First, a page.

Perhaps the most important thing I’ve learned about martial arts is a general misconception about black belt. In the old days in Japan there used to be only white and black belts. Color belts were created after martial arts spread to western cultures, because we need smaller milestones to feel like we are accomplishing something. Perhaps that could be said about modern society in general, in which patience, perseverance and delayed gratification has become incredibly rare. So the black belt actually signifies the moment you become a proper student. Before you are just beginner, learning letters, writing and reading. Once you reach black belt, the real study begins, like writing essays, thesis, poetry and literature.
Karate can be divided into kata (forms) and kumite (sparring). Both consist of various basic and advanced techniques, which are also practiced separately. Kata is a key to karate, because it is not just a series of moves that represent a fight with imaginary opponent, but has also encoded multiple applications in almost every step.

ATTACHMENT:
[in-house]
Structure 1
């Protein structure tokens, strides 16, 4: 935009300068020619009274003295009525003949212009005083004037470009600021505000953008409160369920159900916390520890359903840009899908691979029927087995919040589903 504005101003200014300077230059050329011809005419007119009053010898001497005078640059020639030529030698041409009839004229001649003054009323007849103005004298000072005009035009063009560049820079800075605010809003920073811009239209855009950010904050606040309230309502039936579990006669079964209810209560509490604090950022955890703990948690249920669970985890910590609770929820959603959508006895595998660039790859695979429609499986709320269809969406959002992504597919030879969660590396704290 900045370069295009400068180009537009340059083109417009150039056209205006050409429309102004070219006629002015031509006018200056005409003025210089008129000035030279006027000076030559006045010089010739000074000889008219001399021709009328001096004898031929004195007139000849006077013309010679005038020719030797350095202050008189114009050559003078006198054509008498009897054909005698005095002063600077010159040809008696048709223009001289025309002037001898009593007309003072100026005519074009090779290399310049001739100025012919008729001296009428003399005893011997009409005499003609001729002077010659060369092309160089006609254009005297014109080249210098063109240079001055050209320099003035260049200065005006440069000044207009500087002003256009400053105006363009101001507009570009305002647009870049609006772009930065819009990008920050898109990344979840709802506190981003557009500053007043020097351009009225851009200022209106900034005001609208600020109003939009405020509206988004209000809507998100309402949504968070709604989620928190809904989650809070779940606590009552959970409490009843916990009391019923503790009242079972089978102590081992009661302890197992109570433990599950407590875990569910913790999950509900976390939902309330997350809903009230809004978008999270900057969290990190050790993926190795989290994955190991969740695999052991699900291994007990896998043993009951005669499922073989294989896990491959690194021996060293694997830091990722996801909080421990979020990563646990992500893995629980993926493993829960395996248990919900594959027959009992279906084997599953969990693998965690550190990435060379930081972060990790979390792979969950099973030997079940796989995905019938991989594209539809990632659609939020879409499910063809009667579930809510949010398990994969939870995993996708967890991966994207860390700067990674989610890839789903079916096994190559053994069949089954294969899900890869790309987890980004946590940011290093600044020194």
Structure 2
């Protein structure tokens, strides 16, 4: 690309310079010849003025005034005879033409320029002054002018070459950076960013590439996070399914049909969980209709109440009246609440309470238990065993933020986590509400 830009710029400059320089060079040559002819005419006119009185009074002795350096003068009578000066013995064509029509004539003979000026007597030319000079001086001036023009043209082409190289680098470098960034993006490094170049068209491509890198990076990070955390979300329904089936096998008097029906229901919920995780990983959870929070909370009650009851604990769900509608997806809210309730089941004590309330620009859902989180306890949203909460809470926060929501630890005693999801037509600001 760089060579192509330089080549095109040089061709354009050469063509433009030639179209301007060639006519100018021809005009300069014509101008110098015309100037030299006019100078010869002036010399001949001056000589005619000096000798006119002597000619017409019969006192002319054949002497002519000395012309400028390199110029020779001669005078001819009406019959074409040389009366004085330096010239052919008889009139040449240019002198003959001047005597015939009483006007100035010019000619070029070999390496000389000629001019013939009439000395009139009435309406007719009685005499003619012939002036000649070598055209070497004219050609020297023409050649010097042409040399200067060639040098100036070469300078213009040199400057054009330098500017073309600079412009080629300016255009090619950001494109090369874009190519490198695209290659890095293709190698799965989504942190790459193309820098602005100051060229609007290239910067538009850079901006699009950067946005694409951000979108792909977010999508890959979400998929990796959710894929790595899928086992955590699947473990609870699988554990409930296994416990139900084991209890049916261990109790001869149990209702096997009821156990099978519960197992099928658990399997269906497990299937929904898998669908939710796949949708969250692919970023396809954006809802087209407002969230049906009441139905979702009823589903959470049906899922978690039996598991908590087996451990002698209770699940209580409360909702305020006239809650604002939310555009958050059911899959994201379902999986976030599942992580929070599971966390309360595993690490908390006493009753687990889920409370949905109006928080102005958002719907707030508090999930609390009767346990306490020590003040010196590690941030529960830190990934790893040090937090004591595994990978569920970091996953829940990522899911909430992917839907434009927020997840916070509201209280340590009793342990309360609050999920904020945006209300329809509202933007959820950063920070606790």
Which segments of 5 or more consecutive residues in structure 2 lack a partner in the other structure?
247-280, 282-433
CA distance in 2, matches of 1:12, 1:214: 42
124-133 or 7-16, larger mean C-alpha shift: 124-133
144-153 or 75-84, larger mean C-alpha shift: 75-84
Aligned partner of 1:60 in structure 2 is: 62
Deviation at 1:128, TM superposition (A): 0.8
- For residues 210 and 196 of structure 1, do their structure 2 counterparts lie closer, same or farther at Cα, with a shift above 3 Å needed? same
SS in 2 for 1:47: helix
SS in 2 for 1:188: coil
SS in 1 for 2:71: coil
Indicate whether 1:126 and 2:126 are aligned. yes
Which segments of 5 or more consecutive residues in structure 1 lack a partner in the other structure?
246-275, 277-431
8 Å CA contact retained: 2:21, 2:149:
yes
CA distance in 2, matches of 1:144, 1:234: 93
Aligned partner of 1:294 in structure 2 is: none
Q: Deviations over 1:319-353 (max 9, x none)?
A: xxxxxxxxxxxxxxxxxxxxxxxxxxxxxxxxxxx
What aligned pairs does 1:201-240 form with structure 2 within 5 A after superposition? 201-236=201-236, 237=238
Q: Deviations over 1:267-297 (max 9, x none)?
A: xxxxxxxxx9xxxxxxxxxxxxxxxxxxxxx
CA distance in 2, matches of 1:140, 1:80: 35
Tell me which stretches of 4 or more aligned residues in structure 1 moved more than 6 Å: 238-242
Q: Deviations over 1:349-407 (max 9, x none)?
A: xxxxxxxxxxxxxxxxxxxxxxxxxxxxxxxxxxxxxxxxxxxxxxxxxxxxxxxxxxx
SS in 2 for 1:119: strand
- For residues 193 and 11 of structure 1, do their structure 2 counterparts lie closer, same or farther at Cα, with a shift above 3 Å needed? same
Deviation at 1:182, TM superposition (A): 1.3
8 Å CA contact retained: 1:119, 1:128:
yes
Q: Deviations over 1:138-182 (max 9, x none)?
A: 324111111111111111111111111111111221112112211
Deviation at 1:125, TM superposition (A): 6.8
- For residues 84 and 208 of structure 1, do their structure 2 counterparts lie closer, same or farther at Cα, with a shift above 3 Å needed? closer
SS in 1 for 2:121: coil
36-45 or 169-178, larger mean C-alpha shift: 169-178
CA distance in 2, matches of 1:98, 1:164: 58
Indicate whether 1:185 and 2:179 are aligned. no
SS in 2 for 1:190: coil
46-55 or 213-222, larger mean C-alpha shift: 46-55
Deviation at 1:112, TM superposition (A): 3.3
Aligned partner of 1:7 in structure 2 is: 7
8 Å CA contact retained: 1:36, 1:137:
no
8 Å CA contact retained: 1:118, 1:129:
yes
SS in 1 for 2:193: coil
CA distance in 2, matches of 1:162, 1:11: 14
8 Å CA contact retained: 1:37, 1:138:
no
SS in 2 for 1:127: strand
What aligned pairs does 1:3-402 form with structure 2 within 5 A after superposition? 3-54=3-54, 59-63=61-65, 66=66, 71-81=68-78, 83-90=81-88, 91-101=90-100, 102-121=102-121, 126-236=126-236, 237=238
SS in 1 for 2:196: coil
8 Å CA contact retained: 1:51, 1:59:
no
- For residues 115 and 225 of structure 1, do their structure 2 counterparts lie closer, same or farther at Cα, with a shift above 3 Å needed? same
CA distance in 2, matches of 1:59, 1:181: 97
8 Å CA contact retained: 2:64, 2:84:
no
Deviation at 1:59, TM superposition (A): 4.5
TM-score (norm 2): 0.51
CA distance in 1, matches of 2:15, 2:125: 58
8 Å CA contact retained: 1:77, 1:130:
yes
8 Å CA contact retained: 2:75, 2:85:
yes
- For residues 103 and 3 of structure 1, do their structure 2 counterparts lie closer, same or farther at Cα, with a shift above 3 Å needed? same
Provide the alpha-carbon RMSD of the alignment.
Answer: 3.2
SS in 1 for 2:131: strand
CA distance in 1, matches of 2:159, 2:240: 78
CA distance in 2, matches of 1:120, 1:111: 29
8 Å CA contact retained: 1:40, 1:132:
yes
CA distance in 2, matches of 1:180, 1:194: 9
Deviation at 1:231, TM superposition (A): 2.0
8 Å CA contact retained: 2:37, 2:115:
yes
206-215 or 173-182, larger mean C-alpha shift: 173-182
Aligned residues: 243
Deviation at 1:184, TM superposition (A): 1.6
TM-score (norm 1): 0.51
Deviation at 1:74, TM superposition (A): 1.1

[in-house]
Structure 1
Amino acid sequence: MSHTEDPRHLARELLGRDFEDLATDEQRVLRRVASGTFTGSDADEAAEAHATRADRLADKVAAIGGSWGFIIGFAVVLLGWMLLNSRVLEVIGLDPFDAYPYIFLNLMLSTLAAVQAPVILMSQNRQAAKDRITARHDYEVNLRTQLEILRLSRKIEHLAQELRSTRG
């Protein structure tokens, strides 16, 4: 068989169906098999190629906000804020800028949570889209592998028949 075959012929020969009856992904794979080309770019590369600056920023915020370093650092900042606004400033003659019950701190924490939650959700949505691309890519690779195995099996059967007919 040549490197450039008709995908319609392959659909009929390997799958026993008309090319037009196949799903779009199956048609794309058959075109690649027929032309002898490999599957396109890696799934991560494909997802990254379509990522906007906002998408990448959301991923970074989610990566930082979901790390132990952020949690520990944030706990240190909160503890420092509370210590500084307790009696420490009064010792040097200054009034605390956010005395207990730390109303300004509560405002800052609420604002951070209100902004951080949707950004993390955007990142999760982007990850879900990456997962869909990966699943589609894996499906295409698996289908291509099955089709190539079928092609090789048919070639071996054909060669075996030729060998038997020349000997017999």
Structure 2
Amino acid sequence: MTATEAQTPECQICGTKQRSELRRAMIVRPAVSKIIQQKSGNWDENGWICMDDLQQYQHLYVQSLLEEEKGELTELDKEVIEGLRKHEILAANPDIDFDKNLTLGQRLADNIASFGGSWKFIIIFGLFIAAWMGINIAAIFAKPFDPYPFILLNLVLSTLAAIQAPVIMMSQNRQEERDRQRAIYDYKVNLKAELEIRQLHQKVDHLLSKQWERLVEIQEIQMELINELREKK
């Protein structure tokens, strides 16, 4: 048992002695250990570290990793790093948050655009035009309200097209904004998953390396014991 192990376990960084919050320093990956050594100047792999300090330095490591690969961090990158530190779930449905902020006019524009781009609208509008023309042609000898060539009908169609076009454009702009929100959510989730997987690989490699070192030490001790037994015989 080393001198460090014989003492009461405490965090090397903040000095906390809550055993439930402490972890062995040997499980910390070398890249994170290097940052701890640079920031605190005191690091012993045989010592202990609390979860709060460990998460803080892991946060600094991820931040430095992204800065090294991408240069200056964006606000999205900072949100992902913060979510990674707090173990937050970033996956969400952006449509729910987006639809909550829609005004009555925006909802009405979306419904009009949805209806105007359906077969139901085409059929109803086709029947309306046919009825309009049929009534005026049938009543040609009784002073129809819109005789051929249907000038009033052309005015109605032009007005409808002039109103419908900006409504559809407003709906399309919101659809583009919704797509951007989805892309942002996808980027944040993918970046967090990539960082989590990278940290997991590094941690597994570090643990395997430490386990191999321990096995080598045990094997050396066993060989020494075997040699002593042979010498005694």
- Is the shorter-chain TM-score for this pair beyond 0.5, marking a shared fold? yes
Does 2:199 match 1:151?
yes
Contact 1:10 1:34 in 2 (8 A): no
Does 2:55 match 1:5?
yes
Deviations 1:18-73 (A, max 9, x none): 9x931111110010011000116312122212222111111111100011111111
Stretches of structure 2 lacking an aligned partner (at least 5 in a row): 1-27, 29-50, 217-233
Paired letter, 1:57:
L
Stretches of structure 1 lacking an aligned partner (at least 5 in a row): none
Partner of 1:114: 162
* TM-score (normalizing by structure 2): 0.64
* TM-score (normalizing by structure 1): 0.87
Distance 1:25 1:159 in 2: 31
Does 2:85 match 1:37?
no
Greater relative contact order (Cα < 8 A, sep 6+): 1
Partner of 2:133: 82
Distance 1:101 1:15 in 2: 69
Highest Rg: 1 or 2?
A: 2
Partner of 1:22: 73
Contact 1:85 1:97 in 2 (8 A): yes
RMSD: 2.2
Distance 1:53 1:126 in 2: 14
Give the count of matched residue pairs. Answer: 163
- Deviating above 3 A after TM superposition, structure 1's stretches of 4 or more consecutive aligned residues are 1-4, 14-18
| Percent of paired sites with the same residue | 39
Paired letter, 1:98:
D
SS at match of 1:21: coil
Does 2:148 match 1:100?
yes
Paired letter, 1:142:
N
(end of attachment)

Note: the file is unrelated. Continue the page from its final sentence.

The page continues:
I would like to end this with a quote by Pat Nakata talking about bunkai (application of kata). He was taught by Choshin Chibana (founder of Shorin-ryu), one of the last students of Anko Itosu, who is considered by many the father of modern karate. Although the same title is often given to his student Gichin Funakoshi (founder of Shotokan), because he was one of the original masters from Okinawa who spread karate throughout Japan.
There are 3 levels of application that were taught. Level 1 was for beginners and the very young students, which was punch, strike, kick, block and cocking – pulling the hand back in the chambered position for the transitional moves. Level 2 was for the intermediate and older students and emphasized body mechanics for more powerful punching, striking, kicking and blocking. What originally appeared to be cocking, now became throws and / or locking techniques. Level 3 as mentioned earlier, was vicious and deadly. The punch, strike, kick and block were now executed to destroy the opponent with a single technique. The throws and locks were fatal if applied correctly. Level 3 was only taught to trusted senior students.